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Cleft Palate Craniofac J. 2018 Jul;55(6):807-813. doi: 10.1597/16-007. Epub 2018 Feb 22.

Palatal Fistula Risk after Primary Palatoplasty: A Retrospective Comparison of a Humanitarian Organization and Tertiary Hospitals.

Abstract

BACKGROUND:

Humanitarian surgical organizations provide palatoplasties for patients without access to surgical care. Few organizations have evaluated the outcomes of these trips. This study evaluates the palatal fistula rate in patients from two cohorts in rural China and one in the United States.

METHODS:

This study compared the odds of fistula formation among three cohorts whose palates were repaired between 2005 and 2009. One cohort included 97 Chinese patients operated on by teams from the United States and Canada under the auspices of Resurge International. They were compared to cohorts at Huaxi Stomatology Hospital and the University of California San Francisco (UCSF). Age, fistula presence, and Veau class were compared among cohorts using Chi-square tests. Logistic regression was used to analyze predictors of fistula formation.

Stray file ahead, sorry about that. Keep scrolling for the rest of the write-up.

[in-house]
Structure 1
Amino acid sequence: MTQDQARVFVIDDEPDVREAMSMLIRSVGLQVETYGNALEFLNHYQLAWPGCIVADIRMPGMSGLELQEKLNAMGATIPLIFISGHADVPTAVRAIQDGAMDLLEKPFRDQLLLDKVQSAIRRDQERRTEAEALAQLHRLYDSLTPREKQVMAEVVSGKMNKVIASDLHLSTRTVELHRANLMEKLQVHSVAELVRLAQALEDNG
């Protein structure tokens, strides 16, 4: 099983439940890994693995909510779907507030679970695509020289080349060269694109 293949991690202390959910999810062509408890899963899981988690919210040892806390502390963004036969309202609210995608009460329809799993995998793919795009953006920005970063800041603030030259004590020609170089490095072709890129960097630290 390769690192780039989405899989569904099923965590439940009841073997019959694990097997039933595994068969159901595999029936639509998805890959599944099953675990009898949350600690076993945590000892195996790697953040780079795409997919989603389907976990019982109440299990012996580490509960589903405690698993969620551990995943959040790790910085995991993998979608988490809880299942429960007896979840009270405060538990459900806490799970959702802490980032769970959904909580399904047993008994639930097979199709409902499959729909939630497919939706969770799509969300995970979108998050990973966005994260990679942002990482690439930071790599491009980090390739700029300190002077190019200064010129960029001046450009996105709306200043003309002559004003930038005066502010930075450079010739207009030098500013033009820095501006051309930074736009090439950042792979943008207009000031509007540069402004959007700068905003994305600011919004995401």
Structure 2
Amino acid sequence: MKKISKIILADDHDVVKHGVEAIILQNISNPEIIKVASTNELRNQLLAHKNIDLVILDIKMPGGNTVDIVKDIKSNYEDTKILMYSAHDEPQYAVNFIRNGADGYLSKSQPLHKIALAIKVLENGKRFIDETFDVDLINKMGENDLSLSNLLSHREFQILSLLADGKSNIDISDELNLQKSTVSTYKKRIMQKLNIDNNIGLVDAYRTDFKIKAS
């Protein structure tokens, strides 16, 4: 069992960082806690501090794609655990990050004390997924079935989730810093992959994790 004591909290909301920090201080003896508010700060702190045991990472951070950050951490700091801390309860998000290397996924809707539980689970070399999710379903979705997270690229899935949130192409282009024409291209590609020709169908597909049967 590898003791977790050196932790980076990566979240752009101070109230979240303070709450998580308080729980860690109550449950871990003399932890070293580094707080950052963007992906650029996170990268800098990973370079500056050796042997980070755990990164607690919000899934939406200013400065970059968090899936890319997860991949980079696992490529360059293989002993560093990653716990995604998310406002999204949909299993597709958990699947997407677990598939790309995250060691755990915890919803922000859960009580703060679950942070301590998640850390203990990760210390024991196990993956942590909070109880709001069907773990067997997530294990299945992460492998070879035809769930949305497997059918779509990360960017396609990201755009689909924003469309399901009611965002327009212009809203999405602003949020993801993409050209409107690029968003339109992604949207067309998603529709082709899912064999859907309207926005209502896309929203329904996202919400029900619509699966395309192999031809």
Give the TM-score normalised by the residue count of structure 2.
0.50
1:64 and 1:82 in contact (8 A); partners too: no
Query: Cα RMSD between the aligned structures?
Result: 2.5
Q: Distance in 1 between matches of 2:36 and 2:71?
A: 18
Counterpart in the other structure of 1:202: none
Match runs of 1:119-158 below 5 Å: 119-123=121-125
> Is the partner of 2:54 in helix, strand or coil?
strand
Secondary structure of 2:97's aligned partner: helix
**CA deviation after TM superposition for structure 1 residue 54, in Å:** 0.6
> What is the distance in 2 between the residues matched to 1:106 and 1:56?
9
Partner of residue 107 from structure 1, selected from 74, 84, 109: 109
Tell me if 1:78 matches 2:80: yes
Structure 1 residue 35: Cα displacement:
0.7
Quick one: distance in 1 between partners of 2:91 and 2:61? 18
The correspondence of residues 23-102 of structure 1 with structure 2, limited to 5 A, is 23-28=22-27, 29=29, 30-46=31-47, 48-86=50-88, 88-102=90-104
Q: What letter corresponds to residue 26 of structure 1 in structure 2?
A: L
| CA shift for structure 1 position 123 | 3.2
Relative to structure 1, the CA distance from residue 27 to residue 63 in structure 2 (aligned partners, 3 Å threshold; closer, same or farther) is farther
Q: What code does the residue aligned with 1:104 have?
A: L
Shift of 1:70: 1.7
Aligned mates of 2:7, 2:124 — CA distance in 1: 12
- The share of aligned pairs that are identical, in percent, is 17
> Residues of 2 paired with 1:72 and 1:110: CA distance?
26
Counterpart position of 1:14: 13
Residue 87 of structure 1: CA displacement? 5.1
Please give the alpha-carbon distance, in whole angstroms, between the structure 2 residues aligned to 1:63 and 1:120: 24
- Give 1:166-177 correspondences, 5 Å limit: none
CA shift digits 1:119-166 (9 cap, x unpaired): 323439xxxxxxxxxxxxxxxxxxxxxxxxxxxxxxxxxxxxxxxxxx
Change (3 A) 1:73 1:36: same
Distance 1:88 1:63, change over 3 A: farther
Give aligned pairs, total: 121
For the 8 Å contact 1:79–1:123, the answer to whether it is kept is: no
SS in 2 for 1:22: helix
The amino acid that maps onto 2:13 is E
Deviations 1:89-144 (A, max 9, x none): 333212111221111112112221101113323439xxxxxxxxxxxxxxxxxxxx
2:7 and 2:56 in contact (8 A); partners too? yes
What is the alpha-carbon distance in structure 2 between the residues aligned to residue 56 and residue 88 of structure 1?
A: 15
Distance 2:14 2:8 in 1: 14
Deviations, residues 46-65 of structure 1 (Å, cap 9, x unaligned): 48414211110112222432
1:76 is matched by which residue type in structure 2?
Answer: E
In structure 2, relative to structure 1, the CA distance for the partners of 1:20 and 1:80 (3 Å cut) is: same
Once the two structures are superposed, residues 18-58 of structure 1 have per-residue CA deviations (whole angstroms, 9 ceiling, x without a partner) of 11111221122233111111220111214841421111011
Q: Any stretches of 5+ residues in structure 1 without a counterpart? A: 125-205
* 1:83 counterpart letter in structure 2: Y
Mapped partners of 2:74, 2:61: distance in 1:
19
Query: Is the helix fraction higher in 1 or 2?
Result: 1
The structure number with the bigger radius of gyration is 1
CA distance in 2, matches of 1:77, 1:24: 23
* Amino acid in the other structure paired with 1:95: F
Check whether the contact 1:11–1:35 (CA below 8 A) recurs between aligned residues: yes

RESULTS:

The fistula risk was 35.4% in patients treated by humanitarian teams, 12.8% at Huaxi University Hospital and 2.5% at UCSF ( P < 0.001). Age and Veau class were associated with fistula formation (Age P = 0.0015; Veau P < 0.001). ReSurge and Huaxi patients had 20.2 and 5.6 times the odds of developing a fistula, respectively, compared to UCSF patients ( P < 0.01, both). A multivariable model controlling for surgical group, age, and gender showed an association between Veau class and the odds of fistula formation.

CONCLUSIONS:

Chinese children undergoing palatoplasty by international teams had higher odds of palatal fistula than children treated by Chinese surgeons in established institutions and children treated in the United States. More research is required to identify factors affecting complication rates in low-resource environments.

KEYWORDS:

fistula; palatoplasty

PMID:
28001101
DOI:
10.1597/16-007

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